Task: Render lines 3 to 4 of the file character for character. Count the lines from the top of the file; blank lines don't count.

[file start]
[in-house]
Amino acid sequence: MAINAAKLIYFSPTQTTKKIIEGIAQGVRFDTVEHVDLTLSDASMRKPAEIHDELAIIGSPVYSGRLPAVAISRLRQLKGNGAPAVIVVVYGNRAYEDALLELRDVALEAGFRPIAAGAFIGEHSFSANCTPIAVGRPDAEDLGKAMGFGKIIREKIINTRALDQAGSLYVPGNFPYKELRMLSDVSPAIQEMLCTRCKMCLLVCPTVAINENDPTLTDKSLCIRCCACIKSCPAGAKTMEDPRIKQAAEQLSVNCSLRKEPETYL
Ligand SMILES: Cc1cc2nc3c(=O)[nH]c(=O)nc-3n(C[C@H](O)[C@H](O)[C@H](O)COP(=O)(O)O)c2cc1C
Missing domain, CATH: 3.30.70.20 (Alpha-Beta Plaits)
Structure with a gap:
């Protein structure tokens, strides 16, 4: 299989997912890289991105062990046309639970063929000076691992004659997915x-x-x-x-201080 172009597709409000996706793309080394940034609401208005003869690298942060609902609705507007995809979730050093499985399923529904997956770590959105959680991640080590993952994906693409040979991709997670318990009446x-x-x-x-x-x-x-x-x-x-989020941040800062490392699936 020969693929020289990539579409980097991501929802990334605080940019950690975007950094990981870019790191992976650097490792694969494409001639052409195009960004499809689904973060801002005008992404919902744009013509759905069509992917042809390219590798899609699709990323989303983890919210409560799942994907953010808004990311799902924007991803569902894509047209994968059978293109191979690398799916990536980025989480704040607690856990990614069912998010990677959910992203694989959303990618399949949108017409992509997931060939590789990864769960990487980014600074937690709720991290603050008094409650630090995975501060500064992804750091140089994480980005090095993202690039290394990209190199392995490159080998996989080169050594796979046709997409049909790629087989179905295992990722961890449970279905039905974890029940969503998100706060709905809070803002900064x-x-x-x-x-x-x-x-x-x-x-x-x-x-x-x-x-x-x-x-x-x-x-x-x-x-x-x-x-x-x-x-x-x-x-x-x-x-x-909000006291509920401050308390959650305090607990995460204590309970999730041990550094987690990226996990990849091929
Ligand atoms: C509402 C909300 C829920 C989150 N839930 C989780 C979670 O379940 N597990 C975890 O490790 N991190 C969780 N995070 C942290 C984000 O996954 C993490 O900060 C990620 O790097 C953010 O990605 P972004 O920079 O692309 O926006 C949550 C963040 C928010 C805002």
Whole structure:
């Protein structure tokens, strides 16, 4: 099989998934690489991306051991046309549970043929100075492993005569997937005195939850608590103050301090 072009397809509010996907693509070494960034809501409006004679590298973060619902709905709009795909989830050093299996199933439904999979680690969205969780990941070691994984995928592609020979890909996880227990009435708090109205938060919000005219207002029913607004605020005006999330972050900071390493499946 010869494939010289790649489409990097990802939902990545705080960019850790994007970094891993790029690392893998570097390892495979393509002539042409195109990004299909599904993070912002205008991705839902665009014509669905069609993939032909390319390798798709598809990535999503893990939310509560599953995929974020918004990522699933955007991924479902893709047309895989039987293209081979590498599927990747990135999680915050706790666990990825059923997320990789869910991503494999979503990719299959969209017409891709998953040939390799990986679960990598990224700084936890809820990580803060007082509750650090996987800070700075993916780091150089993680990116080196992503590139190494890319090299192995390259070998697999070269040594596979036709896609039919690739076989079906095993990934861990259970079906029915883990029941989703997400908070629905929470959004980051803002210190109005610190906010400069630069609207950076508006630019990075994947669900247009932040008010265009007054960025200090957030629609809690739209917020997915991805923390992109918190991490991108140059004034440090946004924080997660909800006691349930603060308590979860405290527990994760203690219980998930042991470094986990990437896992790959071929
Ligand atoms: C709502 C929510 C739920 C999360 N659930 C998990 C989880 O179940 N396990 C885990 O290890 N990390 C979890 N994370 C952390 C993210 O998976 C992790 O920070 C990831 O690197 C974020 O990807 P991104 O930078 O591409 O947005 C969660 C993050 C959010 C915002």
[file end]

Ligand SMILES: Cc1cc2nc3c(=O)[nH]c(=O)nc-3n(C[C@H](O)[C@H](O)[C@H](O)COP(=O)(O)O)c2cc1C
Missing domain, CATH: 3.30.70.20 (Alpha-Beta Plaits)